The powers of sailing, in their wisdom, realized many years ago that there were many different kinds of boats, and they were not created equal.
So they devised various handicap systems to equalize competition so the better sailors would not be penalized because they sailed slower boats.
The boats would all start even, but the first to finish would not necessarily be the winner. Nobody would know who got the trophies until the clockings went into the calculators.
Long Beach Race Week, which started Thursday and runs through Sunday, is such an event (except for one class), using the International Offshore Rule of handicap ratings. It fell to Tom Dessel, chairman of the eighth annual event for the Long Beach Yacht Club, to assign the classes according to handicaps--a task nobody envied.
Some skippers simply do not like to race against others because they believe they give up too much time.
For example, Pat Farrah's Santa Cruz 70 Blondie is the only ultralight entered, so instead of being in a separate class, it became the scratch boat in Class A. It must give Ron Kuntz's Nelson/Marek 44 Travieso 108.5 seconds per mile, so in, say, a maximum 26.9-mile race, Blondie could finish 48 minutes ahead of Travieso--and lose.
Dessel explained Wednesday that he was still awaiting the arrival of updated United States Yacht Racing Union rating certificates for four of the boats. Then, at the skipper's meeting before the first race Thursday morning, he passed out the class assignments--and ducked.
But instead of an explosion, he heard only silence. The skippers quietly accepted their assignments and went off to sail. Their acquiescence said to Dessel, "Well done."
"I was surprised as hell," Dessel said.
The final entry list had 43 boats, assigned to classes A through E, with nine J-35s sailing in their own level class, without handicaps. Those included Bill Rosenberg's Raging Rosy from Channel Islands Yacht Club, winner of Class A in last week's Sobstad Race Week.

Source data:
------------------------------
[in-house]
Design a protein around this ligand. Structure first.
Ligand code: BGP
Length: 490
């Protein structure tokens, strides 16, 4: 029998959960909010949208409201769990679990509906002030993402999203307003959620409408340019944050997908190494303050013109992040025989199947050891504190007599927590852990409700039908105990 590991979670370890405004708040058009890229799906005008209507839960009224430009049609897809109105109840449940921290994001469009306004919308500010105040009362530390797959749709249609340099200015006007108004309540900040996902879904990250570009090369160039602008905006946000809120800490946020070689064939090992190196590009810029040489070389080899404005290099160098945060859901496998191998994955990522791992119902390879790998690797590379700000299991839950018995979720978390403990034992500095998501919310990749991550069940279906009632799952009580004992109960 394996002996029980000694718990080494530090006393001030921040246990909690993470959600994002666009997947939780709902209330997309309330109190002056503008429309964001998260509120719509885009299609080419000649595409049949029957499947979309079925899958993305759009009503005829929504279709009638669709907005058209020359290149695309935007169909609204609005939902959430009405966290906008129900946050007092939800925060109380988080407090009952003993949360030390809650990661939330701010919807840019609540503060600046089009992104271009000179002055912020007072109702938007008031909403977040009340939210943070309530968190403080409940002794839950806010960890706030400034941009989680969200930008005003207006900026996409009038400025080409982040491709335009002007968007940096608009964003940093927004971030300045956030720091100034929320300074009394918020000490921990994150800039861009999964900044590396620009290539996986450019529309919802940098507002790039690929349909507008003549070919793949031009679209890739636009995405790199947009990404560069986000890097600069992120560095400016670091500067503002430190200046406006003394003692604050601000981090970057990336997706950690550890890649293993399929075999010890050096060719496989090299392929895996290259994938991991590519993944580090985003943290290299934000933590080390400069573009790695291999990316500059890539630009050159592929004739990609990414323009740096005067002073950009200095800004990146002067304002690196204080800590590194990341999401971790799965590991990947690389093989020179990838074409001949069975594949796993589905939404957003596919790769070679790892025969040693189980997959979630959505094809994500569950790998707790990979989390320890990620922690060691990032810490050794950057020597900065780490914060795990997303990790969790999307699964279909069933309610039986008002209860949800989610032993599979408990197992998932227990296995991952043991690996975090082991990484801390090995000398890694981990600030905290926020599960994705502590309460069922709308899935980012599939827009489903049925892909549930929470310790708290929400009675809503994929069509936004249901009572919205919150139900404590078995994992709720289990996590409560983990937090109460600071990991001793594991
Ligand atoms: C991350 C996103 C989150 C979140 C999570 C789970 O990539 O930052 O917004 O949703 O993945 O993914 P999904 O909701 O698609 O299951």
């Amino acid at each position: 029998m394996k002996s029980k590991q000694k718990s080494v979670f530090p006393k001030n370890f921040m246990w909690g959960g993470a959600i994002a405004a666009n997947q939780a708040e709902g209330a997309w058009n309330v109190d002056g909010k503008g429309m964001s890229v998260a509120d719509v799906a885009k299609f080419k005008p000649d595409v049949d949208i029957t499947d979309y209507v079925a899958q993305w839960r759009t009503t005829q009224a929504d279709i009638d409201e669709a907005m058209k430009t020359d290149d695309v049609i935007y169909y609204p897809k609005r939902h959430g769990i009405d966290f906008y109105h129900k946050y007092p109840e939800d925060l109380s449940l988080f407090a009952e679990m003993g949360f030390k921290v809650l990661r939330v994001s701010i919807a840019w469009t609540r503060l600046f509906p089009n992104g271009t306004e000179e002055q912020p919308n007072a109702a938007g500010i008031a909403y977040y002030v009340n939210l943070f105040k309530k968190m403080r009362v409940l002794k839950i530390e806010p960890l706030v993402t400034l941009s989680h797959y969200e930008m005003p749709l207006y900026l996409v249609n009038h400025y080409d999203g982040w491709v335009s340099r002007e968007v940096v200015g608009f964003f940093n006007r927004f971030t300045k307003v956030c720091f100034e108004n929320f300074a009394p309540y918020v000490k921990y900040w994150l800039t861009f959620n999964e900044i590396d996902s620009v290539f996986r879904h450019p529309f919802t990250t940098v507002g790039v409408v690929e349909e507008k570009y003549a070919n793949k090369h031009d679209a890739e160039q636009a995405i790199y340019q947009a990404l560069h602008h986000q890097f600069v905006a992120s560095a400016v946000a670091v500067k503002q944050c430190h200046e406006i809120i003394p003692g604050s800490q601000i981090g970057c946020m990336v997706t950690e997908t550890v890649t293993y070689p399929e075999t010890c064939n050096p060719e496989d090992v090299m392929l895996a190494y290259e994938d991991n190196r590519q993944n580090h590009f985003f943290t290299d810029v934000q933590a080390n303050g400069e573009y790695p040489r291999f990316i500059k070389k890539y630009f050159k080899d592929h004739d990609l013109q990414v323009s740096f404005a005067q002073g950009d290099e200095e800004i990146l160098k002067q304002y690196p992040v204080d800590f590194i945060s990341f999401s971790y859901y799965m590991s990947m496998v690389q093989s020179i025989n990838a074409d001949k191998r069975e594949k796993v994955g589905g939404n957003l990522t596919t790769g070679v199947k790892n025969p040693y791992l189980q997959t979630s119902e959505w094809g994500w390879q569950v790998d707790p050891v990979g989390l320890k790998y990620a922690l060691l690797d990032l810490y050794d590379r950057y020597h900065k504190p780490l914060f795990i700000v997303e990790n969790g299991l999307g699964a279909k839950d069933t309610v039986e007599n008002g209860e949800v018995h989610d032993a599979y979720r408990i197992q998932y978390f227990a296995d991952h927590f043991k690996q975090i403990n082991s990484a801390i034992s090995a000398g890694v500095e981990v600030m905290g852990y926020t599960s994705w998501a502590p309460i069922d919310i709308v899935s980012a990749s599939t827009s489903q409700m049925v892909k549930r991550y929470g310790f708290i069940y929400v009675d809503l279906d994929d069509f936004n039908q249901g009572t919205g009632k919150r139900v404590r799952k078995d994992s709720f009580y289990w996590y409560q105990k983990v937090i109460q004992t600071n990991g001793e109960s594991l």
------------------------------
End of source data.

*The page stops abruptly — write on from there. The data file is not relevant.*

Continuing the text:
Organizers had hoped to have an ultralight class, but Blondie was the only one to show up. The others apparently were buttoning down for the Transpac starting July 2.
Iain Murray won the Grundig Cup match racing series in Cannes, France, Wednesday, defeating Paul Cayard, 2-1, in the finals. Cayard was Tom Blackaller's tactician on USA in the America's Cup.
Murray picked a profitable time to sail out of his slump. The Kookaburra skipper was shut out, 4-0, by Dennis Conner in the America's Cup final and followed that by finishing dead last in the Congressional Cup at Long Beach a month later. But he claimed the Grundig and $100,000 in prize money by dominating a dynamic fleet.
The Grundig is the fourth of eight events in the World Match Racing Conference series and the first to award purses. It had an all-America's Cup semifinal, with Murray and three Americans. Murray and Cayard eliminated Eagle's Rod Davis and Stars & Stripes navigator Peter Isler in the semifinal.
Cayard collected $25,000, with the third-place Davis and fourth-place Isler picking up $12,500 each--for the Americans, their first official paydays ever in racing.
In all, 12 skippers sailed French-built Selection 37s, which are built of kevlar, the same material used in high-performance racing sails and bulletproof vests.
It was a light-air series until the last day, when the Mediterranean winds whipped up to 20 knots, and there were frequent protests.
Murray flew a red flag against Cayard in the last race Wednesday--shades of Fremantle--but dropped it when he won. Peter Gilmour steered through the starting sequences, then handed the helm to Murray, which also was their routine in the America's Cup.
With Murray's victory, the first four World Cup events have had different winners. He follows Wales' Eddie Owen in the Congressional, Davis in the Squadron Challenge at New Zealand and Chris Dickson in the Royal Lymington in England. They qualify for the first World Cup of Match Race Sailing at Long Beach in August 1988.
The next event will be the King Edward VII Gold Cup at Bermuda July 8-11.